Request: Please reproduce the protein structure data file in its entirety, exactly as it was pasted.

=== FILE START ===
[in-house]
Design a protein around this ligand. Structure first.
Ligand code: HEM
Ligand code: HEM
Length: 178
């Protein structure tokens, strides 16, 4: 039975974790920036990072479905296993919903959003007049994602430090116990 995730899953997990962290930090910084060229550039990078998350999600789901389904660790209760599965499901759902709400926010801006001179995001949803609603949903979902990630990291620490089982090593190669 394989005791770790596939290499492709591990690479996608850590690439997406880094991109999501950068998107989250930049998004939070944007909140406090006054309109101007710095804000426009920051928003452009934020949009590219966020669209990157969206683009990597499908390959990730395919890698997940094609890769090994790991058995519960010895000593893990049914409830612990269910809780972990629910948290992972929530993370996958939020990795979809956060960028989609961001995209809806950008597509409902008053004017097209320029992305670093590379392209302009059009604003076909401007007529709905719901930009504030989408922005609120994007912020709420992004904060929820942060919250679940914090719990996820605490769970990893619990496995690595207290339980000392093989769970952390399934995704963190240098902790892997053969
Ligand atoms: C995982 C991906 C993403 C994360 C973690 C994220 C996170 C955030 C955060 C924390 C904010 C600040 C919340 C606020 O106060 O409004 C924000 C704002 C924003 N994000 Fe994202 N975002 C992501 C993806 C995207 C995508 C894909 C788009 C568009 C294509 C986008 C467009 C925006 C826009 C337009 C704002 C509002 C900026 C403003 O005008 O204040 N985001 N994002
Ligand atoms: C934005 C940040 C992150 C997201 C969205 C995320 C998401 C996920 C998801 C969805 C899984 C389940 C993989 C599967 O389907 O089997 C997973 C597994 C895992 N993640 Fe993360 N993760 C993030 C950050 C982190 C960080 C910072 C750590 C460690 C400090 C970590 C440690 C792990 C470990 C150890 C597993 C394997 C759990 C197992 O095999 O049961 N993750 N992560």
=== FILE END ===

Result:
[in-house]
Design a protein around this ligand. Structure first.
Ligand code: HEM
Ligand code: HEM
Length: 178
């Protein structure tokens, strides 16, 4: 039975974790920036990072479905296993919903959003007049994602430090116990 995730899953997990962290930090910084060229550039990078998350999600789901389904660790209760599965499901759902709400926010801006001179995001949803609603949903979902990630990291620490089982090593190669 394989005791770790596939290499492709591990690479996608850590690439997406880094991109999501950068998107989250930049998004939070944007909140406090006054309109101007710095804000426009920051928003452009934020949009590219966020669209990157969206683009990597499908390959990730395919890698997940094609890769090994790991058995519960010895000593893990049914409830612990269910809780972990629910948290992972929530993370996958939020990795979809956060960028989609961001995209809806950008597509409902008053004017097209320029992305670093590379392209302009059009604003076909401007007529709905719901930009504030989408922005609120994007912020709420992004904060929820942060919250679940914090719990996820605490769970990893619990496995690595207290339980000392093989769970952390399934995704963190240098902790892997053969
Ligand atoms: C995982 C991906 C993403 C994360 C973690 C994220 C996170 C955030 C955060 C924390 C904010 C600040 C919340 C606020 O106060 O409004 C924000 C704002 C924003 N994000 Fe994202 N975002 C992501 C993806 C995207 C995508 C894909 C788009 C568009 C294509 C986008 C467009 C925006 C826009 C337009 C704002 C509002 C900026 C403003 O005008 O204040 N985001 N994002
Ligand atoms: C934005 C940040 C992150 C997201 C969205 C995320 C998401 C996920 C998801 C969805 C899984 C389940 C993989 C599967 O389907 O089997 C997973 C597994 C895992 N993640 Fe993360 N993760 C993030 C950050 C982190 C960080 C910072 C750590 C460690 C400090 C970590 C440690 C792990 C470990 C150890 C597993 C394997 C759990 C197992 O095999 O049961 N993750 N992560």